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Pneumonia Classification, Causes, Pathophysiology, Management and Prevention

Pneumonia| Classification, Causes, Prevention and Management

Pneumonia Classification, Causes, Pathophysiology, Management and Prevention

Definition :
Pneumonia is an infection of the lung parenchyma (ie alveoli rather than bronchi) of infective origin. It is Most common infectious cause of death. 
Usually characterized by consolidation:
Consolidation is a pathological process in which ah the alveoli are filled with a mixture of inflammatory exudate, bacteria and WBC.

Classification :

i. Anatomical
  • Lobar pneumonia
  • Bronchopneumonia
ii .Based on the basis of acquisition
  • Community – acquired pneumonia (CAP)
  • Aspiration Pneumonia
  • Pneumonia in immunocompromised

Pathophysiology

i. Microbial invasion of the normality- sterile
lower respiratory tract
ii. Three routes:
  • Inhaled aerosolized particles
  • Haemategenous spread
  • Aspiration of oropharyngeal contents  
 Aspiration of secretions from the airway is the main source of infection for VAP in mechanically-ventilated (MV) patients, and infection develops when bacteria overwhelms the host’s defences.
Lobar pneumonia
Acute bacterial infection  of a part of lobe lungs or entire lobe or even two lobes of one or both the lungs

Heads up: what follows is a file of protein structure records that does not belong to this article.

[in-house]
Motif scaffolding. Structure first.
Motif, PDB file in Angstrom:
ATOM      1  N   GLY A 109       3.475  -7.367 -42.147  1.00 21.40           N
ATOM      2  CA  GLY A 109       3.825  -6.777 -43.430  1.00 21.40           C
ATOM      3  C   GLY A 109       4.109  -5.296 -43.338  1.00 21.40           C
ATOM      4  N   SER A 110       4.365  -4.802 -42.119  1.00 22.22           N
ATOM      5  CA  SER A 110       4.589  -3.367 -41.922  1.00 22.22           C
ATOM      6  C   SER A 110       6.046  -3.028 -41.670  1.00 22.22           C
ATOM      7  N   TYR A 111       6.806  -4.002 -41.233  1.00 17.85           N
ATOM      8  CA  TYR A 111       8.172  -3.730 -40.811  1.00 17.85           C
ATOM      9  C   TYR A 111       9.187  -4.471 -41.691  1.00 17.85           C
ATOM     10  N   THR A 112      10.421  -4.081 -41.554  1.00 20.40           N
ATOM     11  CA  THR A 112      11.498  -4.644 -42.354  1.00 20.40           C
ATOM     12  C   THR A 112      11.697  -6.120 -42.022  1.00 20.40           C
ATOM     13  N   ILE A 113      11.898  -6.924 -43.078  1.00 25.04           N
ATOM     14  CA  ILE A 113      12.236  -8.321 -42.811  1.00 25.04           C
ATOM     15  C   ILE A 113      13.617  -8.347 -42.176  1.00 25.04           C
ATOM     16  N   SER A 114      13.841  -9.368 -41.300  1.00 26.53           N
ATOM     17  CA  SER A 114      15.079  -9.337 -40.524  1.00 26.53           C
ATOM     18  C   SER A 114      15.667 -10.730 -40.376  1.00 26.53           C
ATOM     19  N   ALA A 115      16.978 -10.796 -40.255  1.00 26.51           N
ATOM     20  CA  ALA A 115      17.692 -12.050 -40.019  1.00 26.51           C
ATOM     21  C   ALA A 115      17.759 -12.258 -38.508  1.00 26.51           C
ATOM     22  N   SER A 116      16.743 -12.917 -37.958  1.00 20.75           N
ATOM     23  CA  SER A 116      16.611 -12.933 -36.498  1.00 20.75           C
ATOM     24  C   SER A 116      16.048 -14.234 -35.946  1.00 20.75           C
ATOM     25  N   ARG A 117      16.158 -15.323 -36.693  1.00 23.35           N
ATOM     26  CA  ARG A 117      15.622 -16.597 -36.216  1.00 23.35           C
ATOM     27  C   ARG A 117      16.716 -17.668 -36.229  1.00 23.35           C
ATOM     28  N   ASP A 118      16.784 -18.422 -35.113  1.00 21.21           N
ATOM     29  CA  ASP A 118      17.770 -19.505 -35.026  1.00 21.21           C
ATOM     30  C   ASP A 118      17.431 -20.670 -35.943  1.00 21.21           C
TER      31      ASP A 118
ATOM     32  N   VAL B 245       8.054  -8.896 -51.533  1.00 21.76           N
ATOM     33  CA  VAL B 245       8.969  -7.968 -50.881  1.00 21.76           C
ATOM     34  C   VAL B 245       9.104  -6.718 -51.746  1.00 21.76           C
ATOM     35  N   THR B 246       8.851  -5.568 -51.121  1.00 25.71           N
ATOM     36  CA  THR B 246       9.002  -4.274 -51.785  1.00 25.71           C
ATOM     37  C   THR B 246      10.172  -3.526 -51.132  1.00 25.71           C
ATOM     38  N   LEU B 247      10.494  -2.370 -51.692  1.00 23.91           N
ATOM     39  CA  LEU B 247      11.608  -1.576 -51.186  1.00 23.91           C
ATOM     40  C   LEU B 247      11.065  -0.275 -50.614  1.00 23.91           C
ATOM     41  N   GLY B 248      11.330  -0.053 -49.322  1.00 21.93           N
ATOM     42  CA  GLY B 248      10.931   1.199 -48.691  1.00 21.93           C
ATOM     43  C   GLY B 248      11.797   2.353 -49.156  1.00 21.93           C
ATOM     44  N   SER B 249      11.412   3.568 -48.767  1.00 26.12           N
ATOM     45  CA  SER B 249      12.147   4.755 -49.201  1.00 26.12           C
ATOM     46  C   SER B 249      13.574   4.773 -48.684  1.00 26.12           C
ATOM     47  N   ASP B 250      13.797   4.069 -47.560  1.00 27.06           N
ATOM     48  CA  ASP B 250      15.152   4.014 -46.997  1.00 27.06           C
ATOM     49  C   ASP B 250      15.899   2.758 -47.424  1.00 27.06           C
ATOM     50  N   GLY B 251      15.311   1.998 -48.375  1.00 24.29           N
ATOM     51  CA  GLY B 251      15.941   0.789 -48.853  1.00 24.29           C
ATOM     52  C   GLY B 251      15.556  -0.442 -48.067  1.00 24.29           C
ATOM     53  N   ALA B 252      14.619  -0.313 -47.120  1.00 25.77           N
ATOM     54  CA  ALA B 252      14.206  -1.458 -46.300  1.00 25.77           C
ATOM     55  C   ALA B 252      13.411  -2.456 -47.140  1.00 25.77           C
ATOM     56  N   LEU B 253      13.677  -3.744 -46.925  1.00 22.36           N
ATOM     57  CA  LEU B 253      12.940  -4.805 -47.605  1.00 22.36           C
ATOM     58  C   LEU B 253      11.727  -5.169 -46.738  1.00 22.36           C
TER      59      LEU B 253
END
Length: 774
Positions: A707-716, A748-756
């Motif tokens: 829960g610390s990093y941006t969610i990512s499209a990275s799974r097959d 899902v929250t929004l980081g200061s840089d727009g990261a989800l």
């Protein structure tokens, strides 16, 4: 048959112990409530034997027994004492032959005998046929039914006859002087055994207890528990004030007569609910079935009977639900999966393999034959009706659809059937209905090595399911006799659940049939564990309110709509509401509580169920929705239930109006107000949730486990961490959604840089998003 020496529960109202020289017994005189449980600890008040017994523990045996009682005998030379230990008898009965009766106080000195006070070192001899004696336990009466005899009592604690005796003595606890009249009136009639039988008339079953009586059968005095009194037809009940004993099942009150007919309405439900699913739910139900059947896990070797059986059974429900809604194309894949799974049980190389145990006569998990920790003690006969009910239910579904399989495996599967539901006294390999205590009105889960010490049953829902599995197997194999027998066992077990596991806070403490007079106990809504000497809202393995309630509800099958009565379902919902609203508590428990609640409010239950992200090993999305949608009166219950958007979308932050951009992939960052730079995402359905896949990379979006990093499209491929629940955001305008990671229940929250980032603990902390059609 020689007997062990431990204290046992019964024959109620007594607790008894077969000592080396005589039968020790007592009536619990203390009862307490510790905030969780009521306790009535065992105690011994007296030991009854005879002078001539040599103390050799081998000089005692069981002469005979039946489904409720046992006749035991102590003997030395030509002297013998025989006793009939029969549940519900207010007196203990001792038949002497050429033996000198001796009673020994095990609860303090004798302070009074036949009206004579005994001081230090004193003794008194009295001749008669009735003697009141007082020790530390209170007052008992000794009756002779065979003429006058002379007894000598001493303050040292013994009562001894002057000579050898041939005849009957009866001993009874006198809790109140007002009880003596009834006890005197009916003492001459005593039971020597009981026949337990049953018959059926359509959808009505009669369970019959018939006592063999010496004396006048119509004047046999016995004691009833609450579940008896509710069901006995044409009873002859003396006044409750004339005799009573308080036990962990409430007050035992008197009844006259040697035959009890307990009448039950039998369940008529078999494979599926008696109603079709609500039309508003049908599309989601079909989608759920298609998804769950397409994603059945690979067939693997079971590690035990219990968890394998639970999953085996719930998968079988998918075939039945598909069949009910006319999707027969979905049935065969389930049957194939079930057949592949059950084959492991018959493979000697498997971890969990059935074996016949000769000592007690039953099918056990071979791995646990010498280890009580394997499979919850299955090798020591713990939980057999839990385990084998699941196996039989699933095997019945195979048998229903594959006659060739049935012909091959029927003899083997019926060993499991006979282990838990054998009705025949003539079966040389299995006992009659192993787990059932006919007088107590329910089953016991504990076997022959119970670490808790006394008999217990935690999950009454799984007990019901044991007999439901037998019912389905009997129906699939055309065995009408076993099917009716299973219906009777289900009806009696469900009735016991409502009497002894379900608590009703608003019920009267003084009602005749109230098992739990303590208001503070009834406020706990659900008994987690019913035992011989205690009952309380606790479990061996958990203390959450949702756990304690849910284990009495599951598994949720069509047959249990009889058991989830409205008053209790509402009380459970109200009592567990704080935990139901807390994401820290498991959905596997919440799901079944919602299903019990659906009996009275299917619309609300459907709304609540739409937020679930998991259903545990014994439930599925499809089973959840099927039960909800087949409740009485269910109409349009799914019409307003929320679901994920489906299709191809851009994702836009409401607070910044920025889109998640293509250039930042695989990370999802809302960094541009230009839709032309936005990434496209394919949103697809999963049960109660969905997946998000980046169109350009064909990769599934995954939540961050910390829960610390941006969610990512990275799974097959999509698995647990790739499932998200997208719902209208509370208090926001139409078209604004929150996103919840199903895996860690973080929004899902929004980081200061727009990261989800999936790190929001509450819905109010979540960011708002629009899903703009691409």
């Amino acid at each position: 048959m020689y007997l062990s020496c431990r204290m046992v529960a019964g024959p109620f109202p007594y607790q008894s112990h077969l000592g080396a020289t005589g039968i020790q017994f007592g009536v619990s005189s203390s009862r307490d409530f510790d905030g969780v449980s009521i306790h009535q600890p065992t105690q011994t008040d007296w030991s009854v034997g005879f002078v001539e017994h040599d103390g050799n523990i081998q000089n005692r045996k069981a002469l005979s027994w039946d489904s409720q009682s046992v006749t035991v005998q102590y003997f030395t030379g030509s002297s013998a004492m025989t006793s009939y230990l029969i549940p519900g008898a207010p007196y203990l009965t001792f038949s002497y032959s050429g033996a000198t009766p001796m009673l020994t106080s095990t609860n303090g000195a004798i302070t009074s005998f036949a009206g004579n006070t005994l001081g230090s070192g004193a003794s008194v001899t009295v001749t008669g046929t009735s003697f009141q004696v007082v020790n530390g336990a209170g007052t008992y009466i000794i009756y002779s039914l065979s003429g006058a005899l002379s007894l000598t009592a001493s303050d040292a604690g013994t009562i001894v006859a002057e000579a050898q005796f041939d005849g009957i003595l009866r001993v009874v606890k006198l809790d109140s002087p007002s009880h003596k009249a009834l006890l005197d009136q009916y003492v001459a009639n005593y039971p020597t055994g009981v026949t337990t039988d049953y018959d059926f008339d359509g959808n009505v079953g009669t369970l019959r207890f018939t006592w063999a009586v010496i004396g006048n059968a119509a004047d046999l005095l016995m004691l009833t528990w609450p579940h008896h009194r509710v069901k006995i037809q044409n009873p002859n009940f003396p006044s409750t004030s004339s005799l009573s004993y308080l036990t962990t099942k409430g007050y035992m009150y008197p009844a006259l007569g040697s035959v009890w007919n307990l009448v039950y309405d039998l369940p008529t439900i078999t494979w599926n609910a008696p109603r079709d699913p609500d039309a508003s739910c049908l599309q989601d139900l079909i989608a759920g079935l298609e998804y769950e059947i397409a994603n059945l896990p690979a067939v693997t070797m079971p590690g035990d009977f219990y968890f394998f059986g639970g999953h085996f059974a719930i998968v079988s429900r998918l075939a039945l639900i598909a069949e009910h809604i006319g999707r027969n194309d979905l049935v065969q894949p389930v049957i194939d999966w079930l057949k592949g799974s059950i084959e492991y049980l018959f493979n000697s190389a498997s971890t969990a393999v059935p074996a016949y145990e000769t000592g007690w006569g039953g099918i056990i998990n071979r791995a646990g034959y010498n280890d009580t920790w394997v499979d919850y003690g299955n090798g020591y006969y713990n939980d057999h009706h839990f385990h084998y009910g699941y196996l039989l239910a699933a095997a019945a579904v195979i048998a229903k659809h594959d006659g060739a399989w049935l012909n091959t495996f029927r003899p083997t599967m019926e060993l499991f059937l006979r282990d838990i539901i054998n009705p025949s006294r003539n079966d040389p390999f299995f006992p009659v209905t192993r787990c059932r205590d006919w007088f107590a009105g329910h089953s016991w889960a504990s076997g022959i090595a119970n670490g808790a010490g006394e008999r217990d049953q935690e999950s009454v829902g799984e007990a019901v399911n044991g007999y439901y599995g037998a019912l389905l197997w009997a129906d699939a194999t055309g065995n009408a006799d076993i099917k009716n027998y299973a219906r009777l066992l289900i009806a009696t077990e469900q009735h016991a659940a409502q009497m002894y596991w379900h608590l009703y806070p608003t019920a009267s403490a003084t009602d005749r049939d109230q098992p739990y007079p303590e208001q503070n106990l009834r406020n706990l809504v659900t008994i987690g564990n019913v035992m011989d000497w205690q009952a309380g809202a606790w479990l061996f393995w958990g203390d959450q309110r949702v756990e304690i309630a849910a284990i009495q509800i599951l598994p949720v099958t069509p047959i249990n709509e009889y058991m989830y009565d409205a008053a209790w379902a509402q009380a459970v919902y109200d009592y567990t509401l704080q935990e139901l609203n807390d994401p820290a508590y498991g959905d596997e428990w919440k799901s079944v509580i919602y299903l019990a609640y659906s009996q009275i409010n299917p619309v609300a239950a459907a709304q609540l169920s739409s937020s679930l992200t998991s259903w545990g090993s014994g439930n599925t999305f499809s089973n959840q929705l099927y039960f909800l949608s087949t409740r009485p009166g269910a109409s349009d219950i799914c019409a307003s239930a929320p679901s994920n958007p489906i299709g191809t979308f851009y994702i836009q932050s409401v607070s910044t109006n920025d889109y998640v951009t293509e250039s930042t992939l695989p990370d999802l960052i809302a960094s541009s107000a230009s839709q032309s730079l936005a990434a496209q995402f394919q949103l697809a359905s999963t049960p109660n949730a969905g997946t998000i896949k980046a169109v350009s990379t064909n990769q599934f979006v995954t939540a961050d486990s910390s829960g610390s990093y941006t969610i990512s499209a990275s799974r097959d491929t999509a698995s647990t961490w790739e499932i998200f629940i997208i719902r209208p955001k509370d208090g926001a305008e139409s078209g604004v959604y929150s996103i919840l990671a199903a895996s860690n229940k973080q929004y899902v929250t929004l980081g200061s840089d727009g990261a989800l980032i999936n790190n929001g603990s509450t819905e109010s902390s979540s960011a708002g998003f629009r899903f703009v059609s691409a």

Chest X-ray for lobar pneumonia:
  • Consolidation confined to one or more lobes(or segment of lobes) of lungs
Bronchopneumonia
Infection of the terminal bronchioles that extends into the surrounding alveoli resulting in patchy consolidation of the lungs
  • Chest X Ray: Patchy consolidation usually in the base of both lungs.
Pneumonia Classification, Causes, Pathophysiology, Management and Prevention
Community acquired Pneumonia:
Pneumonia which develops in an otherwise  healthy person outside of hospital or have  been in hospital for less than 48 hour
Risk factors:
  • Comorbidity: nephrotic diseases neurological problem
  • Alcoholism
  • Advanced age
  • Asthma
  • Immunosuppression

Etiology:

Potential etiological agents in CAP:
  • Bacteria
  • Virus
  • fungi
  • protozoa
Potential bacteriologic cause can be divided into two types:
i. Typical bacterial pathogens
  • Streptococcus pneumonia- 30-60%, severe illness death
  • Haemophilus influenzae – 10%
  • Staph. Aureus (in selected patients)
Gram negative bacilli: klebsiella pneumonia, pseudomonas aeruginosa
ii. Atypical bacterial pathogens
  • Mycoplasma pneumoniae
  • Legionella pneumoniae
  • Viral pneumoniae
  • Fungal pneumoniae 
Clinical Features: (Sign & Symptoms)
  • Incident to fulminant in presentation
  • Mild to fatal in severity
i. Typical symptoms
  • Fever with chills and rigors
  • Cough
  • Rust coloured sputum
  • Mucopurulent sputum
  • Dyspnea
  • Pleuritic chest pain
Sign:
  • Increased respiratory rate and use of  accessory muscles of respiration
  • Palpation may reveal increased or decreased tactile fremitus and the percussion note
  • Crackles bronchial breath sounds and possibly a pleural friction rub maybe heard on auscultation 
  • Septic shock, hypotension, multiorgan failure in late stage